Agree with Michael Mulhern (and others) that this is a good appointment. Why is no-one further up the food chain taking more notice of episcopal appointments in the Diocese of Leeds? Nick Baines has thought outside the box for all the Area Bishops he has appointed, and refused to go for the ‘usual suspects’ (and certainly not those who believe they are entitled to episcopal office). This has made a tremendous difference in a new Diocese, and we are reaping the benefits of bringing in fresh talent from outside. There is just one pocket of stagnation, and opportunities are now beginning to present themselves there, so we continue to be upbeat and positive about the future here.

  • Peter Bostock says:

    Let me guess where the pocket of stagnation is in the Anglican Diocese of Leeds.
    Possibly the southernmost part where I used to work?

  • Michael Mulher, why is the appointment of an ‘evangelist’ more lazy than the appointment of a ‘theologian’? This evangelist is curious to know.

  • Father David says:

    West Yorkshire and the Dales covers a very broad geographical area – with this latest appointment it now covers a very Broad Church from Wakefield to Ripon.

  • Michael Mulhern says:

    Good question, @Tim Chesterton. I think it is lazy when diocesan representatives on CNCs assume that only those with a proven track-record of putting bums on seats can be effective enablers of mission and evangelism as bishops, coupled to a refusal to allow for the possibility that someone who is intellectually able can be visionary and inspiring. As has often been said before, we would never have had David Jenkins as Bishop of Durham under the current short-sighted criteria.

    I think the present composition of the House of Bishops is instructive. It is full of people deemed to have a track record of ‘growth’ – and still the Church of England is in decline. Helen-Ann Hartley’s appointment gives us an opportunity to see whether ‘the emperor has no clothes’ – and Nick Baines is to be congratulated for having the courage to think bigger.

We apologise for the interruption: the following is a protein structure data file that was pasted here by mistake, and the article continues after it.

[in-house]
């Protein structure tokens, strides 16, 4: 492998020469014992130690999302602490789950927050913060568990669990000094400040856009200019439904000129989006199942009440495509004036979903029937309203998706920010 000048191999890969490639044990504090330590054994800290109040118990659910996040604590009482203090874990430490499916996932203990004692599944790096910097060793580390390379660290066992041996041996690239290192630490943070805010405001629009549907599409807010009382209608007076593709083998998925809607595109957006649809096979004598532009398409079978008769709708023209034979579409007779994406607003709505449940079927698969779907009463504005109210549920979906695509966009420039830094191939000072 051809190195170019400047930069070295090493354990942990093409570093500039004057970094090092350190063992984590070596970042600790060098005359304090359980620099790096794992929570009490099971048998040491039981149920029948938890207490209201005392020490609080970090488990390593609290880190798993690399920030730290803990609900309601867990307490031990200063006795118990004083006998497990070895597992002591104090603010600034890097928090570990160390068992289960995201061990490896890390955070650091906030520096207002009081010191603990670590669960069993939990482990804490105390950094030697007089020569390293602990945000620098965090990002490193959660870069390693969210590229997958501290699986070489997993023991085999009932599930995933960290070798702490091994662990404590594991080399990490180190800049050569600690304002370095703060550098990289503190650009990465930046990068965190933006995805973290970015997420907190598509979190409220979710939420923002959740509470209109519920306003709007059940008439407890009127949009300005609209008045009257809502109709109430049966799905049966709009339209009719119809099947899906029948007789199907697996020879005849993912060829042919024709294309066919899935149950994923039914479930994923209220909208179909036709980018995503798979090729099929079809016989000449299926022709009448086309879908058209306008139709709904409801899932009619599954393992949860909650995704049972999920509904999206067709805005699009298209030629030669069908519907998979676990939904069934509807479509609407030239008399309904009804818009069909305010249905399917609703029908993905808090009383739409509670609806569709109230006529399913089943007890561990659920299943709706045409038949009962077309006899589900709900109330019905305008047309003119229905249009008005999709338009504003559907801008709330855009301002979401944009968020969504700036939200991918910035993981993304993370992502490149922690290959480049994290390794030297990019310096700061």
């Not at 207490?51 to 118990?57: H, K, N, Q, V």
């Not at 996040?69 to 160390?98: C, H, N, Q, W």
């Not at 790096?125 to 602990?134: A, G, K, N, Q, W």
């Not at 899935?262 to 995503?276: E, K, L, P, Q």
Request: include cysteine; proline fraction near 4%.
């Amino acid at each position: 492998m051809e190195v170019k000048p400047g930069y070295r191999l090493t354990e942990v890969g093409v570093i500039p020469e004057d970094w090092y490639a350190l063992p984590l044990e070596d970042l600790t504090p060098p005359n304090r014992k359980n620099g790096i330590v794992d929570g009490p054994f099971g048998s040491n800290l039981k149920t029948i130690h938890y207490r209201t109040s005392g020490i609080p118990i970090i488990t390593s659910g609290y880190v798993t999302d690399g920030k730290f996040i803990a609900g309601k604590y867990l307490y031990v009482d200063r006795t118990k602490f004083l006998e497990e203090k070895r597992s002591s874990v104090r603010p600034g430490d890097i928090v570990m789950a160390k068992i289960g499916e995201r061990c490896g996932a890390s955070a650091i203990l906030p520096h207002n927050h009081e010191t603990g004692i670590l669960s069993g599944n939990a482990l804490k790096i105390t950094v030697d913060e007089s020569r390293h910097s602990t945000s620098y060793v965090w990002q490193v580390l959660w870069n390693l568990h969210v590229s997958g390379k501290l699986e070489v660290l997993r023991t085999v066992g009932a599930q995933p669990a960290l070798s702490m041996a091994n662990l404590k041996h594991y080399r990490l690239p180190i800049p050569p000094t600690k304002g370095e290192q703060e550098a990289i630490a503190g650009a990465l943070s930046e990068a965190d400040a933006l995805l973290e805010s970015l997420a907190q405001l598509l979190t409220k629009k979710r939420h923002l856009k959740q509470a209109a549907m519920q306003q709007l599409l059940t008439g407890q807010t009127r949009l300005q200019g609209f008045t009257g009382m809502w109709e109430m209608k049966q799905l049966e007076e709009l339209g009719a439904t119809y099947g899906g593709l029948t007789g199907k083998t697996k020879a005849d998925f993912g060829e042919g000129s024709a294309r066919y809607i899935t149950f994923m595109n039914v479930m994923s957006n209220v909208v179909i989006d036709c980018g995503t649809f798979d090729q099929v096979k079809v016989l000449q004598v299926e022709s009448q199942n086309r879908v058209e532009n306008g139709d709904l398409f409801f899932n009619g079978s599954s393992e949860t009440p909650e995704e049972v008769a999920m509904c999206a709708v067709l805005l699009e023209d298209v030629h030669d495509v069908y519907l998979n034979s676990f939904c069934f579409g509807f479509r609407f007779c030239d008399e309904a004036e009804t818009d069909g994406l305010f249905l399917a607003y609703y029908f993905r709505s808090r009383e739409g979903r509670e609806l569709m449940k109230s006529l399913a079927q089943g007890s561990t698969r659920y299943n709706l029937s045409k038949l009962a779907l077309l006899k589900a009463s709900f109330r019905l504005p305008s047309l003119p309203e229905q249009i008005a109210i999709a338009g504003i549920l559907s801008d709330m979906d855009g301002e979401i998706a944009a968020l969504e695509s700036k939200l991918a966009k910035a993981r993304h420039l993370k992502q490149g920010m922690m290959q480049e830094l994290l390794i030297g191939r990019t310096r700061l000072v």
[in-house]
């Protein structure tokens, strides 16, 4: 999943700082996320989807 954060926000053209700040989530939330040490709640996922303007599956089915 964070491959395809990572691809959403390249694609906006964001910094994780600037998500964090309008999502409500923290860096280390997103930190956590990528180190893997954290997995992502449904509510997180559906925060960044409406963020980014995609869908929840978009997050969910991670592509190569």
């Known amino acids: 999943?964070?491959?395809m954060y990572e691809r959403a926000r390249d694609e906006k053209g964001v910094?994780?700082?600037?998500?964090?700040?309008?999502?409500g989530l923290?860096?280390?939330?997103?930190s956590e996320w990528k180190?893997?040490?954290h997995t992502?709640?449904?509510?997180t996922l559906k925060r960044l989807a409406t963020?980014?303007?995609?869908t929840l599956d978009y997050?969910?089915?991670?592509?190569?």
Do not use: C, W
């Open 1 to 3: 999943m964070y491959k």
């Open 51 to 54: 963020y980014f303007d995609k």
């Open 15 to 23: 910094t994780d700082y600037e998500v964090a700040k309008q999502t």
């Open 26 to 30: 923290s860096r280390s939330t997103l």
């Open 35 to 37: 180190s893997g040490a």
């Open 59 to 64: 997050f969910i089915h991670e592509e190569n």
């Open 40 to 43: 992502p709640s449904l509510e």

• Father David says:

    David Jenkins was an extremely popular bishop within his Durham diocese – I’d even go so far as to say that he was greatly loved by the people of County Durham. With all these managerial bishops currently in situ can the same be said of any present serving diocesan?

  • I have a couple of questions, Michael Mulhern.

    Is ‘evangelist’ the same as ‘one who puts bums on seats’?

    Is ‘church growth’ just about ‘putting bums on seats’? (as if average Sunday attendance is the main thing) Or is it about creating the kind of community that will be attractive to real human beings who are spiritually hungry?

    Why do you see a contradiction between being an evangelist and being ‘intellectually able’?

    Finally, since (in the view of many people here at TA) the takeover by ‘the managers’ is a consequence of Justin Welby’s appointment as ABC, isn’t it a little unrealistic to think that in just a few short years they could turn around a decline that has been going on for half a century?

  • Michael Mulhern says:

    Oh dear. I’ve obviously rattled Tim Chesterton. Let’s just say that I may not see any contradiction between ‘evangelist’ and ‘intellectually able’ but (and this was the point I made all along) those who are pontificating on CNCs seem to do so. When did we last see a professional academic appointed to a diocesan (or suffragan) see in England? When was the last time we saw an episcopal appointment that was not predictably bland and ‘on message’? The joke is that most university professors have infinitely more managerial experience, not to say theological imagination, than the wannabe businessmen being draped in purple at the present time, and who will never capture hearts and minds.